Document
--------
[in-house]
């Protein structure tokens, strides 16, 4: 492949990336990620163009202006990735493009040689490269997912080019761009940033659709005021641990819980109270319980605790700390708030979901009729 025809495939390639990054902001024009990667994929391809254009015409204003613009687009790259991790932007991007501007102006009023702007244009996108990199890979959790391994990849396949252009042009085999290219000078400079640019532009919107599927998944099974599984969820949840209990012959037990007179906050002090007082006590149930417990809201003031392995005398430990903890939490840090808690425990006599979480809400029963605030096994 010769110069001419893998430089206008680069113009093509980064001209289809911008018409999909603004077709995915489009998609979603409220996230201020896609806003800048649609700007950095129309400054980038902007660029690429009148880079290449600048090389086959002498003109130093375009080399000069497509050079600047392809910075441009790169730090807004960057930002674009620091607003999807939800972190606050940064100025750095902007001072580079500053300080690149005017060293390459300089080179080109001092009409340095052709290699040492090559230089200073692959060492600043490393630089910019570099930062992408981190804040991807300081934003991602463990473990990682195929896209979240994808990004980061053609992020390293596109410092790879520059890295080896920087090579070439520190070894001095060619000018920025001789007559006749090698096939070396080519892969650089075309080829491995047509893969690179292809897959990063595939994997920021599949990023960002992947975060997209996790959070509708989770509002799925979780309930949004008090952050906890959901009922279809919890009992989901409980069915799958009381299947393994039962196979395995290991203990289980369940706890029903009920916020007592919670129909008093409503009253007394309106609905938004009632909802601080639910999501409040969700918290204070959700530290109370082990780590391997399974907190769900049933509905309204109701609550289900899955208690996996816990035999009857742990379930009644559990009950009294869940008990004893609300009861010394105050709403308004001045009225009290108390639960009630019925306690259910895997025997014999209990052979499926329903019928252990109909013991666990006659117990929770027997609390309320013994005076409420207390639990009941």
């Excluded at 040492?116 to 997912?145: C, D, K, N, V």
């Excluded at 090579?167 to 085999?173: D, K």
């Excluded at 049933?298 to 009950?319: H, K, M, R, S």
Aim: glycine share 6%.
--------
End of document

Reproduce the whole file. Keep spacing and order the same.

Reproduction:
[in-house]
């Protein structure tokens, strides 16, 4: 492949990336990620163009202006990735493009040689490269997912080019761009940033659709005021641990819980109270319980605790700390708030979901009729 025809495939390639990054902001024009990667994929391809254009015409204003613009687009790259991790932007991007501007102006009023702007244009996108990199890979959790391994990849396949252009042009085999290219000078400079640019532009919107599927998944099974599984969820949840209990012959037990007179906050002090007082006590149930417990809201003031392995005398430990903890939490840090808690425990006599979480809400029963605030096994 010769110069001419893998430089206008680069113009093509980064001209289809911008018409999909603004077709995915489009998609979603409220996230201020896609806003800048649609700007950095129309400054980038902007660029690429009148880079290449600048090389086959002498003109130093375009080399000069497509050079600047392809910075441009790169730090807004960057930002674009620091607003999807939800972190606050940064100025750095902007001072580079500053300080690149005017060293390459300089080179080109001092009409340095052709290699040492090559230089200073692959060492600043490393630089910019570099930062992408981190804040991807300081934003991602463990473990990682195929896209979240994808990004980061053609992020390293596109410092790879520059890295080896920087090579070439520190070894001095060619000018920025001789007559006749090698096939070396080519892969650089075309080829491995047509893969690179292809897959990063595939994997920021599949990023960002992947975060997209996790959070509708989770509002799925979780309930949004008090952050906890959901009922279809919890009992989901409980069915799958009381299947393994039962196979395995290991203990289980369940706890029903009920916020007592919670129909008093409503009253007394309106609905938004009632909802601080639910999501409040969700918290204070959700530290109370082990780590391997399974907190769900049933509905309204109701609550289900899955208690996996816990035999009857742990379930009644559990009950009294869940008990004893609300009861010394105050709403308004001045009225009290108390639960009630019925306690259910895997025997014999209990052979499926329903019928252990109909013991666990006659117990929770027997609390309320013994005076409420207390639990009941």
């Excluded at 040492?116 to 997912?145: C, D, K, N, V």
């Excluded at 090579?167 to 085999?173: D, K």
């Excluded at 049933?298 to 009950?319: H, K, M, R, S």
Aim: glycine share 6%.